This column is being written much earlier than normal. I’m afraid I won’t be able to write it later. There are only a few hours left before something terrible happens and my psychological state oscillates between disbelief and desolation.
At 6:30 p.m. we will arrive as a family at the vet with our 16-year-old dog Maxi. He is being shot down. I can’t believe this is happening, but I know it’s the right decision.
Maxi has given us so much for so long. Now we must do what is right for him.
After insanely good health for so long, even though he’s been on heart meds, he’s not a totally miracle dog, you know, he got worse about two weeks ago. We were hoping it was a canine insect that has been hanging around. But it’s just time to catch up with him.
It’s been a weekend of tears and trying to make a few more memories with a little boy full of personality who has been the center of our family for so long. As the children have continued to remind us in recent days, they have never known a life without him. The wait is just horrible, but there is a gift in having the opportunity to say goodbye, to go back to the old days and let it all go when it comes to how sad we all feel.
I barely remember life without him. We grew up with dogs but after moving to Dublin for years the comfort of canines had to be reserved for home visits. But then I experienced a traumatic late pregnancy loss and felt pain and grief like I had never experienced before.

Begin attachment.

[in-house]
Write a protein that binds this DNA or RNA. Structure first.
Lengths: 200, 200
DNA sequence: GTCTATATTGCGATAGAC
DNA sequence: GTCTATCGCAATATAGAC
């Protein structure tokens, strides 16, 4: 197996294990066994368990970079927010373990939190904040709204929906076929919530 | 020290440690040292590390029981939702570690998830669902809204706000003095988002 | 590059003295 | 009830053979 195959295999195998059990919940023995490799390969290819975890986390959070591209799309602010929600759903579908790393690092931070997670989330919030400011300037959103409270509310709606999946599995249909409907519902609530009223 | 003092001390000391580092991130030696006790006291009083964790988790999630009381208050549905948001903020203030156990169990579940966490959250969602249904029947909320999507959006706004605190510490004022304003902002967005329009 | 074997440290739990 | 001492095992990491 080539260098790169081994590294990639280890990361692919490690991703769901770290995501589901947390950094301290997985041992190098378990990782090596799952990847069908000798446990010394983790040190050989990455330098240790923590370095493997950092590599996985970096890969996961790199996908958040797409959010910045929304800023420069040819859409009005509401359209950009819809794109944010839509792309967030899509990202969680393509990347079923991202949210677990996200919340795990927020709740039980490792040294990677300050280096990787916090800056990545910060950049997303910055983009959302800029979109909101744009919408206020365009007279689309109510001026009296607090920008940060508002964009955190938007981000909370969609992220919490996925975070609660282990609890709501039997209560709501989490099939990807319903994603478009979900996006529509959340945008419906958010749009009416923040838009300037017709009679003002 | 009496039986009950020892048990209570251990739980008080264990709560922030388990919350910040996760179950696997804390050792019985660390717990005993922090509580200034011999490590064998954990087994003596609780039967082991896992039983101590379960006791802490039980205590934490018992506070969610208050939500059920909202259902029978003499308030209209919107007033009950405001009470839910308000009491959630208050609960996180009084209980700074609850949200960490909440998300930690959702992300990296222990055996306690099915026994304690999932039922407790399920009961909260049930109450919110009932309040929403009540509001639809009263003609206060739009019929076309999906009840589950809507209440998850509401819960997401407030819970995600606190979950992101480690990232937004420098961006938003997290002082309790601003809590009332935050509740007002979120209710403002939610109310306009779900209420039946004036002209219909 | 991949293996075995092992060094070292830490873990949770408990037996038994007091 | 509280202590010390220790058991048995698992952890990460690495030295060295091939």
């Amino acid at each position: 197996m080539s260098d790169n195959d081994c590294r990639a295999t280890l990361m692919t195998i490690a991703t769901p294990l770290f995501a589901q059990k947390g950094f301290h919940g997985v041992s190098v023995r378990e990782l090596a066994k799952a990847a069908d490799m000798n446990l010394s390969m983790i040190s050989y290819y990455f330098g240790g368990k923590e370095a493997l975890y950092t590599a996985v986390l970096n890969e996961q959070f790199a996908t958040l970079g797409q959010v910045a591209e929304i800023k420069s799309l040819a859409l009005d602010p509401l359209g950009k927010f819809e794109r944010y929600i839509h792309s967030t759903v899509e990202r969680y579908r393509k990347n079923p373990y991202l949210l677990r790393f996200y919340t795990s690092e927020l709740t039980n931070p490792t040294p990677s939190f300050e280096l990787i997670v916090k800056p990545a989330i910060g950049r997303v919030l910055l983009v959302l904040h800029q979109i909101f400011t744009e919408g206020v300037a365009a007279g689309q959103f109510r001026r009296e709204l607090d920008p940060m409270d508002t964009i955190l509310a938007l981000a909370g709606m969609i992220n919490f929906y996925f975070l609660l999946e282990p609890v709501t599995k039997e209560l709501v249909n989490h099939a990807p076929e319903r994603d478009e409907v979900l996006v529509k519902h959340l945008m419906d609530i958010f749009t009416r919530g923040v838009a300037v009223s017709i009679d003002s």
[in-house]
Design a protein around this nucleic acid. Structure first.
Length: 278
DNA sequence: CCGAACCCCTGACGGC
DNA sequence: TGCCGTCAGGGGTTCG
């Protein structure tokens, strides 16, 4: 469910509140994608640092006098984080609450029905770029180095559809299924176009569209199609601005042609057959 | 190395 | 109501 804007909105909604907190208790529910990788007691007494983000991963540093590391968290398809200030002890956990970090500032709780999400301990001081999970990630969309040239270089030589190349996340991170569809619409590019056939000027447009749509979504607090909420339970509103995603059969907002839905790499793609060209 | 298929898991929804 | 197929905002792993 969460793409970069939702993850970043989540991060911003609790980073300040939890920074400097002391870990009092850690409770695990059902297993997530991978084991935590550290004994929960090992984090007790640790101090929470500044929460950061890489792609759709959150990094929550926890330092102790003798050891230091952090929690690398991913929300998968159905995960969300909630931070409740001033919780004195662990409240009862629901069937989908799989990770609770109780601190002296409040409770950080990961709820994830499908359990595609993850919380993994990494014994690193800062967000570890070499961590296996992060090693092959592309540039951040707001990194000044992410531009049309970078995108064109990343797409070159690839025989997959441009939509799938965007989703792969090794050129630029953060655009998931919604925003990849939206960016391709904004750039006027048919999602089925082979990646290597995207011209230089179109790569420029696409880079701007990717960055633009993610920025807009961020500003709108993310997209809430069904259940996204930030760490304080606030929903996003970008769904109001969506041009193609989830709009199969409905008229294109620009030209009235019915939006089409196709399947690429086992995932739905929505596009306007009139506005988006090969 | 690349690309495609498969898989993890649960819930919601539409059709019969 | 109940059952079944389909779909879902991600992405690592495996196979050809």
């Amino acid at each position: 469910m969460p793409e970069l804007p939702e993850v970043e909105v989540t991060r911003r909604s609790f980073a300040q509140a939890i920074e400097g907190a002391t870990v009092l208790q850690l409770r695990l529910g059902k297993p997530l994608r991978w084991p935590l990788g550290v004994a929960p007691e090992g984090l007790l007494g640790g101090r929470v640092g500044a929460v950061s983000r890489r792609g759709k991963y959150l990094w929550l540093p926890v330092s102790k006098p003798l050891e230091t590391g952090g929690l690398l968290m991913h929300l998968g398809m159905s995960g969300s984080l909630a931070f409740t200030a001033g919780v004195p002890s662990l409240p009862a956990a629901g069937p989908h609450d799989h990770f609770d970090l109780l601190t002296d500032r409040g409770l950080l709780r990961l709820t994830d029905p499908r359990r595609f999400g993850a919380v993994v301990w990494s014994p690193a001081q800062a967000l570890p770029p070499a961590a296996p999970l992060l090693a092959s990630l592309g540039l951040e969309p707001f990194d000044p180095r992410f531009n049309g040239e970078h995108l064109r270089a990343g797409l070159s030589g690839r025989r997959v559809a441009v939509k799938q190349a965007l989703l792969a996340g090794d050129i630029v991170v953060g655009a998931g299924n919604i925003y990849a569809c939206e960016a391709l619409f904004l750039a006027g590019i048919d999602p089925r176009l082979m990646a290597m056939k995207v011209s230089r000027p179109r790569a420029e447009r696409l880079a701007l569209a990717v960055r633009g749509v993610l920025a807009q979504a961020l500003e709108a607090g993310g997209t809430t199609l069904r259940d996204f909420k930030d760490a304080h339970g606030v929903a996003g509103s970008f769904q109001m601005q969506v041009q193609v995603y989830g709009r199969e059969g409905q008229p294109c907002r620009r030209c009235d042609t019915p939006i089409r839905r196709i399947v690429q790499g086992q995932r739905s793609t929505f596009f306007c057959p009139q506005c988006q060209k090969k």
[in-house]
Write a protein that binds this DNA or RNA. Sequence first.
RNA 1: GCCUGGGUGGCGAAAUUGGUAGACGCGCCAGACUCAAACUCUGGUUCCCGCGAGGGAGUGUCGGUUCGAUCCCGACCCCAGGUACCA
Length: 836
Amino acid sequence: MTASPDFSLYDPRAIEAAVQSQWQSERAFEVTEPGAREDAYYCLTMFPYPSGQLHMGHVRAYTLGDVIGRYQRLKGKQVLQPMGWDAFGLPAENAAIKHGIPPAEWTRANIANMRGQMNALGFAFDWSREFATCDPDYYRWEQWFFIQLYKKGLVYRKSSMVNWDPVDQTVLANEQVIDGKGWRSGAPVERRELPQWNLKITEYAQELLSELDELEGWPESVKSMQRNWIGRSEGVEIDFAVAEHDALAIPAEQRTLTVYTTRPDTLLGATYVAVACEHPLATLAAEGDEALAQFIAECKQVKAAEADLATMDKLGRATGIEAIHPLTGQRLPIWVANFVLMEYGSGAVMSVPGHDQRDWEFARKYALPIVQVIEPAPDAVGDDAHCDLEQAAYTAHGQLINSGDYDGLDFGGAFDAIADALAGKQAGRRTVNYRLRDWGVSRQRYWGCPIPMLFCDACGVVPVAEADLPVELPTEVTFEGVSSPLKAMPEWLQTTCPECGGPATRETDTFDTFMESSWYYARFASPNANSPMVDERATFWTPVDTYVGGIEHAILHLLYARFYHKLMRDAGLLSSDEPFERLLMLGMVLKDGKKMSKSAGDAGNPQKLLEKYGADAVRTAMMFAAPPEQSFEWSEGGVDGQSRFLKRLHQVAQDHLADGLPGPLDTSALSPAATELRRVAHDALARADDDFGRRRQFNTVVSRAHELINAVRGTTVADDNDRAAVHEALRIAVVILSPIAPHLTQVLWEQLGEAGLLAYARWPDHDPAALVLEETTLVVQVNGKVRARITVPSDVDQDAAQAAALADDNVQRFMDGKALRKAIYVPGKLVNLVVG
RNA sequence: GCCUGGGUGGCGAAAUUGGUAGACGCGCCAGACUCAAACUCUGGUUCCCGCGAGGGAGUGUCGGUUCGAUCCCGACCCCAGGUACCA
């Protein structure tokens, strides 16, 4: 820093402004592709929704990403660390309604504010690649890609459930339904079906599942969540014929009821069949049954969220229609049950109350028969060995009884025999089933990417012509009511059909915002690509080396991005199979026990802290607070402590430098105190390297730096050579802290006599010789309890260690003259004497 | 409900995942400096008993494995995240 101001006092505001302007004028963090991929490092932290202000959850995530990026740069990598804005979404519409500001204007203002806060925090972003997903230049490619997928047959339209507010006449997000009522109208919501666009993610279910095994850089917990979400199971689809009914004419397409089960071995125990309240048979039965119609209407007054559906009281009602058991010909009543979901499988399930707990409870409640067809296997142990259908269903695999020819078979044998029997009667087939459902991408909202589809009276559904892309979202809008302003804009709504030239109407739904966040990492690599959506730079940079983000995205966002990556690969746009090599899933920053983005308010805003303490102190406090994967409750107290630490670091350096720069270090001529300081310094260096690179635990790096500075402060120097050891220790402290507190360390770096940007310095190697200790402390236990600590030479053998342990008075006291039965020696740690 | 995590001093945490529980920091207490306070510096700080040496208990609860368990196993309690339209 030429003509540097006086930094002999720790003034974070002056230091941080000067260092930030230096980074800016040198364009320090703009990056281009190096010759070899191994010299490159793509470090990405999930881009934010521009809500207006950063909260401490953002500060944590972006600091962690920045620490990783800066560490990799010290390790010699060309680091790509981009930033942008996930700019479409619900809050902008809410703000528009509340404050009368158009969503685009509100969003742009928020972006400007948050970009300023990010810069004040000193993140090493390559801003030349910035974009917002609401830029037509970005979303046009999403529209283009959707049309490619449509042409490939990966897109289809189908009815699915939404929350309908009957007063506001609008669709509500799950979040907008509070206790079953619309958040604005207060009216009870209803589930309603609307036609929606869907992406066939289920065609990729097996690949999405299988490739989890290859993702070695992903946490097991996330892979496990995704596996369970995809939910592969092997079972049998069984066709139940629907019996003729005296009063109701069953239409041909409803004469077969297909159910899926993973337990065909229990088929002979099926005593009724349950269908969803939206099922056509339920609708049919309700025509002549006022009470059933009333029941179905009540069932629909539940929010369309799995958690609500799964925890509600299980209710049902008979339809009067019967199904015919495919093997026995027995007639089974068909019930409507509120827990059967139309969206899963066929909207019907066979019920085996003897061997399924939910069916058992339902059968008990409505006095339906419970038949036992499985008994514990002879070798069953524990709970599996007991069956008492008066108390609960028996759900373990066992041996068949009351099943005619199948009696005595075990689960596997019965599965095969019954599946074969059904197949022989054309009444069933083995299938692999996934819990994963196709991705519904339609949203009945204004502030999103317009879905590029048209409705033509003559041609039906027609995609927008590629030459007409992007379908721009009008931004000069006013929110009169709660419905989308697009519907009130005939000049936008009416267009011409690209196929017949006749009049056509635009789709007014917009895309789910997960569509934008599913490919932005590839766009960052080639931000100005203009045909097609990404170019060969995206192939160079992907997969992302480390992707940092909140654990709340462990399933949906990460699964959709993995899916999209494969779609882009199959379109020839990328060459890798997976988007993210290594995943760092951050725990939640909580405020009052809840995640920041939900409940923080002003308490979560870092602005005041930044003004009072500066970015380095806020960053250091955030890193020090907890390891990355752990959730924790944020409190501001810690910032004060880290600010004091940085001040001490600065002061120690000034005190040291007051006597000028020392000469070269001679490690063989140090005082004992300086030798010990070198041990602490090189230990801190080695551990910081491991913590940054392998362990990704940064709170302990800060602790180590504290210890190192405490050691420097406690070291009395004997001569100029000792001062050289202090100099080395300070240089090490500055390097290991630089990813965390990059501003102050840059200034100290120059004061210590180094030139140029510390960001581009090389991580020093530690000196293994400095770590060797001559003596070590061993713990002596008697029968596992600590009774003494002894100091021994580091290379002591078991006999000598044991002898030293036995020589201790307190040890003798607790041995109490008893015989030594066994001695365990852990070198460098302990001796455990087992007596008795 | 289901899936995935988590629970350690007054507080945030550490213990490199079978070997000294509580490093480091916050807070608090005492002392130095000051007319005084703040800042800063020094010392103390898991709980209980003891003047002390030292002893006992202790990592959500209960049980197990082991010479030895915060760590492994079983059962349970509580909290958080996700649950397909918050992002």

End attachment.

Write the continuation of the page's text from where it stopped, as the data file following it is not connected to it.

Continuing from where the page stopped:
One morning shortly after, I woke up and decided we needed a dog. I called our wonderful vet Dick who I already knew and told him my story and within 72 hours he came back to say that a puppy had been abandoned in a local park and we wanted to go see him. Without obligation.
That first moment I saw Maxi is etched in my brain.
He ran across the floor, a ball of black fluff with a white patch on his chest. She fit into the palm of my hand. On the way there, my husband had been giving her the “we’ll look at it and talk about it later” vibe. But he knew, he says—seeing that moment of connection—that the decision had already been made.
The puppy was eight weeks old. He started out as Max, but later that afternoon, without any input from me, he had been given the name Maxi López, after an Argentine soccer player. There was a World Cup at the time.
At the time, I was in the early stages of a high-risk pregnancy that required a really tedious amount of lying in place and continuing to deal with the raw pain that often brought me down. Having Maxi to take care of, hug and have fun with is what helped me. She helped heal my broken heart.
So the arrival of a newborn baby after so much pampering and individual attention could have been a recipe for disaster. But Maxi was a hero. However, we make sure to pay attention to it. I can’t understand people who throw the dog out in the cold once a child arrives. Ultimately, it shows a great lack of wisdom, because the connection between dogs and children is a magical thing to observe.
He tolerated all the mistreatment of small children.